Because it would not be me. Oh, I know all the talk. You don’t learn to play a violin by picking it up once. There’s no such thing as artistic talent. You either do art or you don’t.

All I know is my mask looked awful, and it got worse by the minute. I thought paint would help, but that was the beginning of the end. There was no rhyme or reason to the colors I picked. Toward the finale, I was just slapping paint on there, whatever color was left, eager to be done with it.

Go me – I finished first! The teacher will now put the masks in his kiln, and I guess we go back in a couple of weeks to pick them up. I don’t even want mine, but maybe it will serve some yet undisclosed purpose.

I suppose it was good to get outside my comfort zone, but honestly, I did not enjoy myself. I don’t have a deep appreciation of art in general. There was a little gallery adjacent to the workshop, and they invited me to look around since I was (of course) the first one there, but I could not have been less interested. Try as I might to change, I think I’m still all about starting and finishing tasks subsequently evaluated on the basis of perfection.

Hearing about the terrible experiences of these women veterans depressed me. I know. That is so self-absorbed. One of the women who had worked for the VA said she quit because it was too depressing, and she often sat crying with the veterans who came in for help.

The women and their stories left a mark on me. Maybe that’s why I was supposed to attend this class. It wasn’t necessarily good for my mood, but it was probably good for my soul.

At the end of the day, I don’t think art is my thing. Maybe my neighbor was right. I’m more likely to enjoy making crafts. Something that has a purpose – not just art for art’s sake. I know arts and crafts take practice and patience, but I do feel bad that so far, I suck at it.

On the other hand, I’m glad I opened my eyes to the possibility of creating something crafty or artistic, if there is indeed a difference.

My first slab pie

Although I don’t make dessert pies often, Dale and I both adore savory pies. There’s one with fresh summer tomatoes and basil with cheddar cheese in a biscuit crust. Oh, and the recipe from an old Gourmet magazine for broccoli and sausage pie with Swiss cheese and a whole wheat crust topped with sesame seeds.

My most important rule for pie making? Never trim the excess crust – just bulk it up so there’s more.

As a crust fanatic, I’ve made my share of winners and losers. I enjoy making pie dough, but there is nothing worse than screwing it up. I’ve done reasonably well since I abandoned fancy and reverted back to my old recipe with Crisco. But I’m all about continuous improvement.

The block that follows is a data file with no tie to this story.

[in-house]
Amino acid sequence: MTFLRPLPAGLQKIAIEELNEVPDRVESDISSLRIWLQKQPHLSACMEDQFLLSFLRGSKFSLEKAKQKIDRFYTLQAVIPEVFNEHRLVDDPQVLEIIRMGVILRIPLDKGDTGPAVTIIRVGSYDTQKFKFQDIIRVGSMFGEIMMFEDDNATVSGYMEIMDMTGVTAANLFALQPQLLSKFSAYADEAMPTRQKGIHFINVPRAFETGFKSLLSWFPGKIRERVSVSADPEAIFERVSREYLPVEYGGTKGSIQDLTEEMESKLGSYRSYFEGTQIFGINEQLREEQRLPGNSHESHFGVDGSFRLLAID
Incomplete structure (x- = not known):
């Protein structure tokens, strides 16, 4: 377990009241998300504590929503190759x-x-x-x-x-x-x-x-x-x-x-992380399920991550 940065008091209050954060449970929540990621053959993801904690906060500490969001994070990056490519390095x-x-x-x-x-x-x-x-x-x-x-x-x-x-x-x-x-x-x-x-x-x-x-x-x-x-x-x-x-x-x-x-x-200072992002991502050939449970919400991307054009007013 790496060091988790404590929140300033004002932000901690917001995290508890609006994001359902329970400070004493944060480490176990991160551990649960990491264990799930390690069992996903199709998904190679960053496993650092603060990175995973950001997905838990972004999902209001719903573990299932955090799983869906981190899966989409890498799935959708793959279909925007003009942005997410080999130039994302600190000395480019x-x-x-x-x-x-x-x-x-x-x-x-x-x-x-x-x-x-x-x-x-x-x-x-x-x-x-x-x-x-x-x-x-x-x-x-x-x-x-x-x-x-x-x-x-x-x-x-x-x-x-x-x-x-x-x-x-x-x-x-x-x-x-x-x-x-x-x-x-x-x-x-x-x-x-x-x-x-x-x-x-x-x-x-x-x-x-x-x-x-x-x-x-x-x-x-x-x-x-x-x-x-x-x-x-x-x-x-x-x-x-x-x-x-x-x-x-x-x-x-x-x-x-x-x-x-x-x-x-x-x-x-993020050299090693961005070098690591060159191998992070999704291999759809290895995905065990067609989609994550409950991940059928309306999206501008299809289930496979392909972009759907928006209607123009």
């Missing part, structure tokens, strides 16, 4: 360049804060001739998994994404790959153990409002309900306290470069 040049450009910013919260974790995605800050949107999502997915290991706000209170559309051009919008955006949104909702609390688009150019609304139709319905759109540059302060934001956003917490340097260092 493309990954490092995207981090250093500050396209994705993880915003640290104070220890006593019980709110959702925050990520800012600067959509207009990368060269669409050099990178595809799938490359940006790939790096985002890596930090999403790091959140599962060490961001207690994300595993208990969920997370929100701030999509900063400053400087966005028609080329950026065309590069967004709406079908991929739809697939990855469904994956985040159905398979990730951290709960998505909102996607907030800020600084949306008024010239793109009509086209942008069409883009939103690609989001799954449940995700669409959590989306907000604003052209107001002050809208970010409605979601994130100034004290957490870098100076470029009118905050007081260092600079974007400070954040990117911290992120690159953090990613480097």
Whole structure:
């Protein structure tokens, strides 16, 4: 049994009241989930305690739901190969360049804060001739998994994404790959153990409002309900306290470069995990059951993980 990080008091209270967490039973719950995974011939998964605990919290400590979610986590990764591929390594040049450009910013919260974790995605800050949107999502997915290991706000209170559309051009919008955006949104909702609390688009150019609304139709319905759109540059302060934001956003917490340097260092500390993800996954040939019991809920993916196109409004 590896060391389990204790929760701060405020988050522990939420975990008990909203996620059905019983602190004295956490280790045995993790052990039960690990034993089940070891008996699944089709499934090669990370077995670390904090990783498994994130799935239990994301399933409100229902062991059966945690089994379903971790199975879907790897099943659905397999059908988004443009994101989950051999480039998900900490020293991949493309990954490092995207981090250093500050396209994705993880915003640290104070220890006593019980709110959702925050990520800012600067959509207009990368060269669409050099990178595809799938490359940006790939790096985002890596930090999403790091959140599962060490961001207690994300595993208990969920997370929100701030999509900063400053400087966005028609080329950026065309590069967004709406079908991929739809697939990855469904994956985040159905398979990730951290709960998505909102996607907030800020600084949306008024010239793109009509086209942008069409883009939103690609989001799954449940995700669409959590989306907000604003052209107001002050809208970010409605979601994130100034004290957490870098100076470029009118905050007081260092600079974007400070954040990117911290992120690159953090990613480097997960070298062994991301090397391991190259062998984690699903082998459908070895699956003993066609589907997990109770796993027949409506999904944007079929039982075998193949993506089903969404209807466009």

I read about a new cookbook by Cathy Barrow: Pie Squared: Irresistibly Easy Sweet & Savory Slab Pies. At first, it didn’t appeal to me, because slab pies are big, and there’s just two of us. But then I saw the book at the library, and I had nothing to lose by checking it out.

What a unique and well-done book! I curled up on the couch and read it from front to back. She talks about pie crust in ways I have never heard it discussed. She’s an excellent writer, who explains the art of making good pies in easy-to-understand language.

Cathy includes great ideas for substituting ingredients and tips for making it ahead, which simplifies the process … because as you know, I’m retired and quite busy! She also tells you how to freeze it and how to reheat it. Stuff you want to know but cookbook authors rarely tell you.

Oh, and it turns out crust is not just flour and shortening. Recipes include cream cheese crust, caramelized onion crust, rye crust and a host of press-in crusts using crackers, cornbread, potatoes and more. The book is really a crust-lover’s dream. My only complaint is that she says to trim the excess.

Slab pies look huge, but when I saw they were made in ¼ sheet pans, it seemed less daunting. I started with Curried Chicken Pie with All-Butter Crust. The filling includes chicken, cauliflower, carrots and sugar snap peas. This is the first time I made a successful all-butter crust, and it was the first time I put the pie pan on top of a pizza stone in the oven.

I have some things to learn about rolling the dough for this new shape, but is that not a beautiful pie?

Beautiful and delicious. We’re having it again tonight. I assume it’s only a matter of time before I break down and buy the book. If you love pie, I encourage you to explore this book. I learned so much and can’t wait to try another recipe.

Maybe Poblano and Chorizo Slab Pie with a Hash Brown Crust?

Postscript: For second-night dinner, we found ourselves raiding the corners because … well … more crust. Then we had a whole middle to deal with, and that leads to the only downside of these pies. They are big. Even if you freeze the leftovers, it’s more pie than we need.

I’m still going to get the book. The recipes and instructions are fantastic, and I believe I can tinker with quantities to make a smaller round pie or even individual rustic pies, the kind where you just flap the dough over the filling. But if you have more people to feed, go for the slab!